Rodrigo Baggio closing digital divide in Rio

Americas Now

Rodrigo Baggio closing digital divide in Rio Rodrigio Baggio leading computer training class in a Rio de Janeiro favela

This week’s “Game Changer” is Rodrigo Baggio, a man who discovered his first two passions early in life at twelve years old: “Technology and my work with street kids.”

Baggio wanted to do something about the neglect residents in Rio de Janeiro were suffering from for centuries.

In 1995, Baggio founded the Center for Digital Inclusion, CDI, in Rio de Janeiro’s favelas. Morro de Providencia was the first shantytown to have free computer training and access to the internet. His mission: to fight what he calls the “digital apartheid.”

Baggio used technology as a tool to help those marginalized by society. At first many doubted him, saying he was crazy. However, today CDI has built more than 700 community centers in ten countries.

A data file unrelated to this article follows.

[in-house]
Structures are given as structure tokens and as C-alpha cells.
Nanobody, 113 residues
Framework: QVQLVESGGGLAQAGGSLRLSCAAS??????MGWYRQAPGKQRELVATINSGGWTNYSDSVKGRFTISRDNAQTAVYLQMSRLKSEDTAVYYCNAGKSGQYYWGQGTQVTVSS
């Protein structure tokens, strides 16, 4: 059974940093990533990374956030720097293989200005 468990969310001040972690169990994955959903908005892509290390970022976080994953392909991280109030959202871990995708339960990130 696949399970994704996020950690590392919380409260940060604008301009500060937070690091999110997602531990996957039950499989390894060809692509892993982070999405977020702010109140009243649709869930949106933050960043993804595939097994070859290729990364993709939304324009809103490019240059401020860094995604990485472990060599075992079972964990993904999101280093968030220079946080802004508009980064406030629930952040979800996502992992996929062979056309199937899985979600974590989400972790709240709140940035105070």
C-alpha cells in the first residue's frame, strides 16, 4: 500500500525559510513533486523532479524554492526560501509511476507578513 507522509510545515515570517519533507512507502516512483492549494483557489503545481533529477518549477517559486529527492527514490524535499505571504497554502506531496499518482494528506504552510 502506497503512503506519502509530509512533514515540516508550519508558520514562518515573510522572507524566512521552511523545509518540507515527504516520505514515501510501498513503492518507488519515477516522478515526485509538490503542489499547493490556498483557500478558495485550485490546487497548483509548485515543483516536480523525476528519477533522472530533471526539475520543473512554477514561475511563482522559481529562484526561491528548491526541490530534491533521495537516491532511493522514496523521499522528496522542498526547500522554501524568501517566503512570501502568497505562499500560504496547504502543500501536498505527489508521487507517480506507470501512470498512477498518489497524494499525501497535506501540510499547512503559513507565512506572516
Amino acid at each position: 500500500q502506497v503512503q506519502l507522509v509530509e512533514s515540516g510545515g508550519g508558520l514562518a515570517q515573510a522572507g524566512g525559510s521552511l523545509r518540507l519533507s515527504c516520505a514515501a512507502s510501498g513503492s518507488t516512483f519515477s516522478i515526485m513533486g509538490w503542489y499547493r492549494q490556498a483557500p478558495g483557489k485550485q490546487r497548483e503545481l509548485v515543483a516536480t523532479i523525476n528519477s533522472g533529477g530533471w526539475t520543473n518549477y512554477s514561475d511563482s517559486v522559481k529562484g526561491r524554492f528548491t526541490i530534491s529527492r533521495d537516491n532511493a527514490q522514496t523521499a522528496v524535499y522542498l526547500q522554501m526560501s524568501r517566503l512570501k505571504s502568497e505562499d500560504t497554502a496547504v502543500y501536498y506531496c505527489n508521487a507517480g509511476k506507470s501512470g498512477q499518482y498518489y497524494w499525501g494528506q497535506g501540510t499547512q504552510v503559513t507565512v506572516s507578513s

The CDI is giving more than 1.5 million people access to the web, and people are thankful. “The internet helps me feel useful, feel that I am somebody, makes me feel up to date,” says Maria Dolores Otero, a 71-year-old student of CDI.

Baggio believes technology has to be an instrument for social transformation and integration. “Only 35% of the humanity has internet connection so we can see a kind of digital apartheid where 65% of the human beings on our planet are digitally excluded,” he says.

He is in constant search for new ways of using technology. Take a look at this week’s “Game Changer,” Rodrigo Baggio.

Rodrigo Baggio closing digital divide in Rio

Rodrigo Baggio closing digital divide in Rio

This week’s “Game Changer” is Rodrigo Baggio, a man who discovered his first two passions early in life at twelve years old: “Technology and my work with street kids."
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